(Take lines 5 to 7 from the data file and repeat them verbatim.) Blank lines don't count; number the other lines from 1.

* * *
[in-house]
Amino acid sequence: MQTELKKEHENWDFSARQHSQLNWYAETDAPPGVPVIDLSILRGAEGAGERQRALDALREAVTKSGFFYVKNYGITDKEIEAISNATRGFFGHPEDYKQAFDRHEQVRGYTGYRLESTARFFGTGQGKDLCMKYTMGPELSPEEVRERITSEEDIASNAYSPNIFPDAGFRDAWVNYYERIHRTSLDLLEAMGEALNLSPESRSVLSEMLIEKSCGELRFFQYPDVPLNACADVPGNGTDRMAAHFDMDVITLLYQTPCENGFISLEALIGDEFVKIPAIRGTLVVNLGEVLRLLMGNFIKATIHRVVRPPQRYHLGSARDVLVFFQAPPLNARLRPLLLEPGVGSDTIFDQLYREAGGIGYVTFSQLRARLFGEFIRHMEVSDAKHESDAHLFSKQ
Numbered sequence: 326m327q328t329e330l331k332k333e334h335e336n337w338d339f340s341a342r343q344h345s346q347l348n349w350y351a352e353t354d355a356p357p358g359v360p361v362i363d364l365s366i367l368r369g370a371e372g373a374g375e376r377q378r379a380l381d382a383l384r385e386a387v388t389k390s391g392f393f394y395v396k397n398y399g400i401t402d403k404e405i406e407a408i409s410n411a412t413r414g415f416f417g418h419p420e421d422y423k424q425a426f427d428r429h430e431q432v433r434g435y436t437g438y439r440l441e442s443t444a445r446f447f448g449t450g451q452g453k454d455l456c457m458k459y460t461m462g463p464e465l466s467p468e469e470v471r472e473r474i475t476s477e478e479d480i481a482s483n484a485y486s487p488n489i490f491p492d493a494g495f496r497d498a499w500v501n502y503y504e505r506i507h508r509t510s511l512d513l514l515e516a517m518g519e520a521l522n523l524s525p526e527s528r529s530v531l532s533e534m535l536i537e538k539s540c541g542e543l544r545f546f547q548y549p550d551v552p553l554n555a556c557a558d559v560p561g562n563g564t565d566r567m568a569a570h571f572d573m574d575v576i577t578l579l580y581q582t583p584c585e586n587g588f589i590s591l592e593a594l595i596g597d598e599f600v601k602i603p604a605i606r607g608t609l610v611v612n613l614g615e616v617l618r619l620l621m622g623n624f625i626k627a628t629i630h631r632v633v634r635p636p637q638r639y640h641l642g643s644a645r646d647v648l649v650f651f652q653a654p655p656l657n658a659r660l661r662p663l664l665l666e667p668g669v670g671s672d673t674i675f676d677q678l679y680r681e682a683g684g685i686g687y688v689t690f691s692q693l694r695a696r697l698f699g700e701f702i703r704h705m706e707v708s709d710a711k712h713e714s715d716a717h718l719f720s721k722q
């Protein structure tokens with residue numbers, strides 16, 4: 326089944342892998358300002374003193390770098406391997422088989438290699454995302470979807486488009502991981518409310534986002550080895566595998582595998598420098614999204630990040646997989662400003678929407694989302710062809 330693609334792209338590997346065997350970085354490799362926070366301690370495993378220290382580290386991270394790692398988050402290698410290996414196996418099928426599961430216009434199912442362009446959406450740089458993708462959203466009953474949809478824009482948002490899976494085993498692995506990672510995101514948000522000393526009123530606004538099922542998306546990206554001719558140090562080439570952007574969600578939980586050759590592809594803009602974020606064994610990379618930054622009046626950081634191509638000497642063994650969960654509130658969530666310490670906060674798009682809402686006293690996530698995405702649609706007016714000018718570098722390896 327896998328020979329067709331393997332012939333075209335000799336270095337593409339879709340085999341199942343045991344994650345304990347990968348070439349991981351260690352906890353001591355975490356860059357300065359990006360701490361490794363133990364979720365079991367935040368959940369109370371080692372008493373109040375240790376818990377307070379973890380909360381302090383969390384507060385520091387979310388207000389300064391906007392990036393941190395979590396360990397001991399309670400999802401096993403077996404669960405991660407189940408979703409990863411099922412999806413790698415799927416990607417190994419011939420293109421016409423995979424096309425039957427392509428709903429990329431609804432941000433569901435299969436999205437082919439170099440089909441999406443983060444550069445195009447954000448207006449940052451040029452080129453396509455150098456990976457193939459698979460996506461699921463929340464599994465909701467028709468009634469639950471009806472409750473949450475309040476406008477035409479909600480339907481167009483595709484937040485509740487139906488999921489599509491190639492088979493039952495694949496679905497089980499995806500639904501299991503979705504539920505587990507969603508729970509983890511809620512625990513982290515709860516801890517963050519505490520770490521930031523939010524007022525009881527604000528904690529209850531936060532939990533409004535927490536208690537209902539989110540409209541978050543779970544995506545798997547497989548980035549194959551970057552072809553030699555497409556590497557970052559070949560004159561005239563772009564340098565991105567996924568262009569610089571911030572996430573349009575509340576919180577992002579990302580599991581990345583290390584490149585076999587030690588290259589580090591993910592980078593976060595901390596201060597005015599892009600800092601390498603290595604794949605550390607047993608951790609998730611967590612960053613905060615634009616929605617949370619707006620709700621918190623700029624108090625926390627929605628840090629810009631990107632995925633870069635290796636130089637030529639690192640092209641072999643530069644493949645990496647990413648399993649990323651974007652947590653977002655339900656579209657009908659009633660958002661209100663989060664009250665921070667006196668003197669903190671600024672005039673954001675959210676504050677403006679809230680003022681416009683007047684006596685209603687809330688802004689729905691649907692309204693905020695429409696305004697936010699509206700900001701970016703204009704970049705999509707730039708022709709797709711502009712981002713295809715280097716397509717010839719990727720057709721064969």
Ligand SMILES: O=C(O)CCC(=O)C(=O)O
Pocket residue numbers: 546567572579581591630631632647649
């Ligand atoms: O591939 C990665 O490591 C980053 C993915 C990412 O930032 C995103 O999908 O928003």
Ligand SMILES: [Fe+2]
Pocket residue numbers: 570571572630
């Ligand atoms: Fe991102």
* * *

Ligand SMILES: O=C(O)CCC(=O)C(=O)O
Pocket residue numbers: 546567572579581591630631632647649
């Ligand atoms: O591939 C990665 O490591 C980053 C993915 C990412 O930032 C995103 O999908 O928003």